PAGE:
The Power of Place: Hadrian’s Wall
Martin Henig, interviewed by Tony Morris, shares a beaker of wine with the Emperor Hadrian.
Of all the constructions in Roman Britannia, one stands out above the rest. From sea to sea for eighty miles, it stretched from Bowness on the Solway Firth to Wallsend on the River Tyne. And the section of Hadrian’s Wall which is most impressive – most evocative, most photographed and best to walk – is the one we are on now, that from Cawfields to the great fort of Vercovicium, modern-day Housesteads.
Martin Henig has left the warmth and security of his office in Oxford to join me here. We’re crouching under the wall of a milecastle struggling to put on our waterproofs: Milecastle 42, one of sixty which punctuate the wall at exact intervals of 1620 yards (the Roman mile being slightly shorter than the modern measure). Regular, exact, precise. That was the Roman way. They liked their lines straight and their angles uniform.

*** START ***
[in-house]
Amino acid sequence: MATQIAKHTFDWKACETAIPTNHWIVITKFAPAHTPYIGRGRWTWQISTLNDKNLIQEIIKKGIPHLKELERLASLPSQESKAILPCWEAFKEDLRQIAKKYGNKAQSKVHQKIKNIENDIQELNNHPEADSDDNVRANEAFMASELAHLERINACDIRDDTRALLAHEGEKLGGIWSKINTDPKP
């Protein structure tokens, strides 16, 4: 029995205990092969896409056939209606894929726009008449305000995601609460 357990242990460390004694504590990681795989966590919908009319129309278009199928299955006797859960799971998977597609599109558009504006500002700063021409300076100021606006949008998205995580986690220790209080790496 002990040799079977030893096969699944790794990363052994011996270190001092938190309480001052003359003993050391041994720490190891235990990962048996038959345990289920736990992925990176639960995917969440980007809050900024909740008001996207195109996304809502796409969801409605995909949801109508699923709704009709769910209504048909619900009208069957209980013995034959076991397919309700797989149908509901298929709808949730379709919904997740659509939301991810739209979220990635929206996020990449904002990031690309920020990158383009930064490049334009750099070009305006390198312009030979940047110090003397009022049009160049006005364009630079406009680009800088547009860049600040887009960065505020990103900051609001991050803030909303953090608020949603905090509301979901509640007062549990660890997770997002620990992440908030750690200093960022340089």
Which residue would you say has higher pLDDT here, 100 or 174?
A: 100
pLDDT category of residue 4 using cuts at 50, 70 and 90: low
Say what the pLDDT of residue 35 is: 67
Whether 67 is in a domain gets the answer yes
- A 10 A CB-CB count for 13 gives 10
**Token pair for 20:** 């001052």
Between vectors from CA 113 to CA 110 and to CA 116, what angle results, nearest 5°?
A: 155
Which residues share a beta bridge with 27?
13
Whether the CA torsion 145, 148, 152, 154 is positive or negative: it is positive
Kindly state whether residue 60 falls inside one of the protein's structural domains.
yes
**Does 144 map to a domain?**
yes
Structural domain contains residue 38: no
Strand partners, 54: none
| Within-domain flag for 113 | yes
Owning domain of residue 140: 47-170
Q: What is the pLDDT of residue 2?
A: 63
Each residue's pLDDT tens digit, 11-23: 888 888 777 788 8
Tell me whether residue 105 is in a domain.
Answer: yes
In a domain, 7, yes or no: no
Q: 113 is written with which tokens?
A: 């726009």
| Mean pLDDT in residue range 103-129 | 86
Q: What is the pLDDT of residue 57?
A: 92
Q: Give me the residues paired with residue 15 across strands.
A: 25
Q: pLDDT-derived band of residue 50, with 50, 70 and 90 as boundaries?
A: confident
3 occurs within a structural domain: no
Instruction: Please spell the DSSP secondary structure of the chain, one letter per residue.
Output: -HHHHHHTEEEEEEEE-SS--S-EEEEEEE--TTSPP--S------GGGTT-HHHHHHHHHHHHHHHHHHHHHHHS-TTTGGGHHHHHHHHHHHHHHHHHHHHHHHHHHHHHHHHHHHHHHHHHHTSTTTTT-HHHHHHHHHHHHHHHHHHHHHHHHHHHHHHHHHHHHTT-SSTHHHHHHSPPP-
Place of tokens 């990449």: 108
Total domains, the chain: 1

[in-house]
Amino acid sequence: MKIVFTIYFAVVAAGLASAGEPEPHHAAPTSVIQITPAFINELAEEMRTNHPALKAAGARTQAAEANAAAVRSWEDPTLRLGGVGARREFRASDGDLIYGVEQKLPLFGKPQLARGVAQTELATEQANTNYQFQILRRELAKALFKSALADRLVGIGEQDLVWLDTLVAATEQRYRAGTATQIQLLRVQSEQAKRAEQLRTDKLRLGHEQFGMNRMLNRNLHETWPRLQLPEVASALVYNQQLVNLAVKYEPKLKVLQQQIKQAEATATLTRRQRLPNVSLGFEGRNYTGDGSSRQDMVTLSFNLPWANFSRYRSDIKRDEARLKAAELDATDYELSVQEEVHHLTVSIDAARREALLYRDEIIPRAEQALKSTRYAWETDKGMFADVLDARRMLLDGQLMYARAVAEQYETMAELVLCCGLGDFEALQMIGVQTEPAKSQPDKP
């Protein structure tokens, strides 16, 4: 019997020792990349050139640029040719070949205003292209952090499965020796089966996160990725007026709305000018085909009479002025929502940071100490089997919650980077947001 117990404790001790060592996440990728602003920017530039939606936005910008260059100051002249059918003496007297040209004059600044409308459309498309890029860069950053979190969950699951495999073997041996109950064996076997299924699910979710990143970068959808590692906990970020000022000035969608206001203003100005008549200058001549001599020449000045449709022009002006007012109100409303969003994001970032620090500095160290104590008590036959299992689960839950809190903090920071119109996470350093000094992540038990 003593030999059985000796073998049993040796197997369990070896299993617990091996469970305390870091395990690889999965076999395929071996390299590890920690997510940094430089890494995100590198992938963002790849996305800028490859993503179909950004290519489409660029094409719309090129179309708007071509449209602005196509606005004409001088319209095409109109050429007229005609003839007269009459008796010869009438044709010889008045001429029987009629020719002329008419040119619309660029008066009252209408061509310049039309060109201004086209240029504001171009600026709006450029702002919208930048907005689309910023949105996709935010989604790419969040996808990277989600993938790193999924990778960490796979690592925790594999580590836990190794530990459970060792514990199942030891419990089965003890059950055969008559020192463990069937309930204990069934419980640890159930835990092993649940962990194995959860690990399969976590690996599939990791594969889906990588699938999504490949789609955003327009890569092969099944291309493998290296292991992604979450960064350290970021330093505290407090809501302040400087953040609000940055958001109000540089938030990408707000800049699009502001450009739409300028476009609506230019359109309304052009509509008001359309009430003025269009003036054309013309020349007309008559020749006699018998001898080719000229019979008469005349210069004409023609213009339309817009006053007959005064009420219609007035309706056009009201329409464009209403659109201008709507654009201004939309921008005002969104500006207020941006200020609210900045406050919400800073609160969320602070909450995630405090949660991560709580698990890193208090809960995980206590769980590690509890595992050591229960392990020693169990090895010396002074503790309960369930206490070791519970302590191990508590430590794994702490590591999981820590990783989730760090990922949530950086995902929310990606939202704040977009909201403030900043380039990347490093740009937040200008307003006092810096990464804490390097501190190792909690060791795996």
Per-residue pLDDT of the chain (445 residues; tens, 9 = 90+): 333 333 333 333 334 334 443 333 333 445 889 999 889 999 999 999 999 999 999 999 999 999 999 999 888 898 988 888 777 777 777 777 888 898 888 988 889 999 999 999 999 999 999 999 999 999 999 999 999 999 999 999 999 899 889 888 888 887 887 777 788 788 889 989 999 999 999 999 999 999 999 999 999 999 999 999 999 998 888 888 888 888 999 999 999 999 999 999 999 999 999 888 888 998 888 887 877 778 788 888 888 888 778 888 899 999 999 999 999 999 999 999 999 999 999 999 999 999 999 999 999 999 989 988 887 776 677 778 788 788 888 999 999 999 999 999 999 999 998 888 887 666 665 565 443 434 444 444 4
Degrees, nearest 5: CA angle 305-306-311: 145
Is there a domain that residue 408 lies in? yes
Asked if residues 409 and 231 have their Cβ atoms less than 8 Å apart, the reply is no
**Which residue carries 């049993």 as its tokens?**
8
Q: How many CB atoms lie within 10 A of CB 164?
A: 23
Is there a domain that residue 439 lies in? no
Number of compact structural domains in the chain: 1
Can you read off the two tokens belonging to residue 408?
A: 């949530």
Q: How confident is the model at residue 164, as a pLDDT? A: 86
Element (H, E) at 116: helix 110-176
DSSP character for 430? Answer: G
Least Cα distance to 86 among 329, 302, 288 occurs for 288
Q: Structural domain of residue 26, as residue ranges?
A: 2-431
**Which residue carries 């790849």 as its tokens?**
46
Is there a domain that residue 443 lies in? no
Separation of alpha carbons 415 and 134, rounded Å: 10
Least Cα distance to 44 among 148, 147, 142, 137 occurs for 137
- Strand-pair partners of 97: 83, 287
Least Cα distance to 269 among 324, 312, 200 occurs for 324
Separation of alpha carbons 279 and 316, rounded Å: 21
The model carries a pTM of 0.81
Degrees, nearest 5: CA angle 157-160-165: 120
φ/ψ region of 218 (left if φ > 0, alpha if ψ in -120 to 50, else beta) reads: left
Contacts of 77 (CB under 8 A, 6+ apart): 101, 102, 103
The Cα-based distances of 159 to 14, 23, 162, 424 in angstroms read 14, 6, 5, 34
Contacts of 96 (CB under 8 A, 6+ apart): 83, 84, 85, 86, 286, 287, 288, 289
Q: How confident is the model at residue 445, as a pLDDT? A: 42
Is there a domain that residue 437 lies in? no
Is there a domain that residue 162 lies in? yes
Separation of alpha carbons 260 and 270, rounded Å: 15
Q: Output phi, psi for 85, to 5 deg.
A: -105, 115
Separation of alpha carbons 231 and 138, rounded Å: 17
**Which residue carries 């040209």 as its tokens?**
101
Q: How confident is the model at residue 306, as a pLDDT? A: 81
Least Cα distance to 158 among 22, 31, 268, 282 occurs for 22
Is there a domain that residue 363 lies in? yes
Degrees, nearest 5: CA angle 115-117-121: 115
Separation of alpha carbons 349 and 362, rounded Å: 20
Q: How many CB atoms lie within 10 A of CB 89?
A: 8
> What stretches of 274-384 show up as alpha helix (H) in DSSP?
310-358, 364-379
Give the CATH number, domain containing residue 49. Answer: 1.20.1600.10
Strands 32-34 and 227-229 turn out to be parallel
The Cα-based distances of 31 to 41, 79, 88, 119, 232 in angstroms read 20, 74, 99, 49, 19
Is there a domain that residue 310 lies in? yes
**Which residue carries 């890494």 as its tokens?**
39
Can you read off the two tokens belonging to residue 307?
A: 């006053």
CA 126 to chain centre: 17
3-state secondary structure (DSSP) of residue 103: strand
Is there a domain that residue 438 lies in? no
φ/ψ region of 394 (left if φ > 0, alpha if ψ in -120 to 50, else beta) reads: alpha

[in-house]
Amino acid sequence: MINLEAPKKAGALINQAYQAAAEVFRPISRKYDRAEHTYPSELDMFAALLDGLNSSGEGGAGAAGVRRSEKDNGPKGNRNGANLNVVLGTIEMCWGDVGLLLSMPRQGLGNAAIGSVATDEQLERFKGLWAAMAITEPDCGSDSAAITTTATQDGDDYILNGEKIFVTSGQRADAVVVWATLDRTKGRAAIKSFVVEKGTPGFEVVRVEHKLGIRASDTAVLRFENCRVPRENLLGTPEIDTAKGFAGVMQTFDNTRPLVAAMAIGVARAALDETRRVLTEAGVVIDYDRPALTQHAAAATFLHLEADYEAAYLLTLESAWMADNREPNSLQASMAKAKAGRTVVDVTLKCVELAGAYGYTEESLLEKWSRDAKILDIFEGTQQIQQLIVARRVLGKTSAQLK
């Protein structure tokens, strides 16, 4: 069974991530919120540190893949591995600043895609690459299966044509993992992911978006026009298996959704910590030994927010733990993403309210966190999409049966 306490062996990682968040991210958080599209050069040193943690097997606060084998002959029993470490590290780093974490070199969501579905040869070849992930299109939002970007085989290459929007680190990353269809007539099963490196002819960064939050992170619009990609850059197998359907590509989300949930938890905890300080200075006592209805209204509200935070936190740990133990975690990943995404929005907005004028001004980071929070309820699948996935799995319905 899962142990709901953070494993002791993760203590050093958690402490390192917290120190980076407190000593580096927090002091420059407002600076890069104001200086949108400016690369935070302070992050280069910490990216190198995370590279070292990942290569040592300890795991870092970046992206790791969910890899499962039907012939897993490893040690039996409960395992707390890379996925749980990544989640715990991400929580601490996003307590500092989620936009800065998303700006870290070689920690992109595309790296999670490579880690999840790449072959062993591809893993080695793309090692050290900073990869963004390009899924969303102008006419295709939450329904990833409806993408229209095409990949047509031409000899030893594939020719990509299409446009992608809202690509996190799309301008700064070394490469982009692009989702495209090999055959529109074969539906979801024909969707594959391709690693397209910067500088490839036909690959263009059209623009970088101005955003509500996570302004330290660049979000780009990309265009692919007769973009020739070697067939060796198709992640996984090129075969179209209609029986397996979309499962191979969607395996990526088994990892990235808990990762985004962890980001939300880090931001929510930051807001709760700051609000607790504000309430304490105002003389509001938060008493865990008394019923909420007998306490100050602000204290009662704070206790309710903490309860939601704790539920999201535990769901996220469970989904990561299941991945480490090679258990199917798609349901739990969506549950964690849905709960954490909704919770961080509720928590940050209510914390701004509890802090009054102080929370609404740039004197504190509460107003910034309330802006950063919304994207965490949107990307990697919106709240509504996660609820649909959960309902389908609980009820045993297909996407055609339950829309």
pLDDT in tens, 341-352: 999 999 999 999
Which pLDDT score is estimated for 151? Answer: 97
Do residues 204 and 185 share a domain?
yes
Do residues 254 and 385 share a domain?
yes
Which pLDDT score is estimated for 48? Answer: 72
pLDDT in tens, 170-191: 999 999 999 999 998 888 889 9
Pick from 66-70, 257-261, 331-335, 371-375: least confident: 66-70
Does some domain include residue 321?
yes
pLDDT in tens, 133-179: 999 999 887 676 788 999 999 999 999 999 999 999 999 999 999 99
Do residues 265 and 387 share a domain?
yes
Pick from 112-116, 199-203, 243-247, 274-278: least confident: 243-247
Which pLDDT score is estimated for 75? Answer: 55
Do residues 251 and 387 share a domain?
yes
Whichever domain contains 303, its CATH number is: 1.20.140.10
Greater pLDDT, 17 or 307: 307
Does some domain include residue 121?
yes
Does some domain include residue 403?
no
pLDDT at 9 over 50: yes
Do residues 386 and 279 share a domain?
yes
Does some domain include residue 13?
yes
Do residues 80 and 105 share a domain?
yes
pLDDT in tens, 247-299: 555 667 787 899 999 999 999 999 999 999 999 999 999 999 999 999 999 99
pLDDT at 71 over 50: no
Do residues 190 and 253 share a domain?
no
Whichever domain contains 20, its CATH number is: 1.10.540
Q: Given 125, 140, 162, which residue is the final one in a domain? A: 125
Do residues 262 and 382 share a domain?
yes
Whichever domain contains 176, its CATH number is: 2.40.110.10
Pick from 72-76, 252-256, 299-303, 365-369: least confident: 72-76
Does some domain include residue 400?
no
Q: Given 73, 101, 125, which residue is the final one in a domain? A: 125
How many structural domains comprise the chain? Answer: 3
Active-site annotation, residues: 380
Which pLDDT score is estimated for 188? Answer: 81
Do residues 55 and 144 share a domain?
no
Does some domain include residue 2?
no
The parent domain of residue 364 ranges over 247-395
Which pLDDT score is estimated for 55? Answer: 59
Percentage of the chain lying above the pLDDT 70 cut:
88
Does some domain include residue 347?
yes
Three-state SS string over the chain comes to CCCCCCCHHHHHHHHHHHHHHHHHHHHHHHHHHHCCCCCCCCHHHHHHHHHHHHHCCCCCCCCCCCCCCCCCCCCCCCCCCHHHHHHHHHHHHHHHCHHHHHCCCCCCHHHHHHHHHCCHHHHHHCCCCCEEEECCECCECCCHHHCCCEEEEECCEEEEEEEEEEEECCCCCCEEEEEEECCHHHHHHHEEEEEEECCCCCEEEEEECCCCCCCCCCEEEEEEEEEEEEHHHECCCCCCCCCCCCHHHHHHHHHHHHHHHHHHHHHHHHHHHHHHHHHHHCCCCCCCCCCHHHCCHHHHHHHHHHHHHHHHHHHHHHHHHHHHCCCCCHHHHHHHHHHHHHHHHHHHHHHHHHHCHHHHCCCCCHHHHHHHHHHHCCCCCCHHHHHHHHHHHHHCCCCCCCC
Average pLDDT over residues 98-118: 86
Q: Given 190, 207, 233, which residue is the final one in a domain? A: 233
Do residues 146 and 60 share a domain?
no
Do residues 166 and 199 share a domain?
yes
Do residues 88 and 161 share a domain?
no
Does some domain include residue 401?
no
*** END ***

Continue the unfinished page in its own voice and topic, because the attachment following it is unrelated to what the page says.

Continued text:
There are modern-day walkers who like that too of course. We have already been overtaken by a group of earnest bagpackers with serious haircuts. Some people experience the wall as a challenge: they want to march briskly in legionnaire footsteps. Others prefer to take their time, get a sense not only of the wall but also of the archaeological structures which accompany it, to reconstruct the towers and lodgings, peer through the gateways, and above all soak in the view.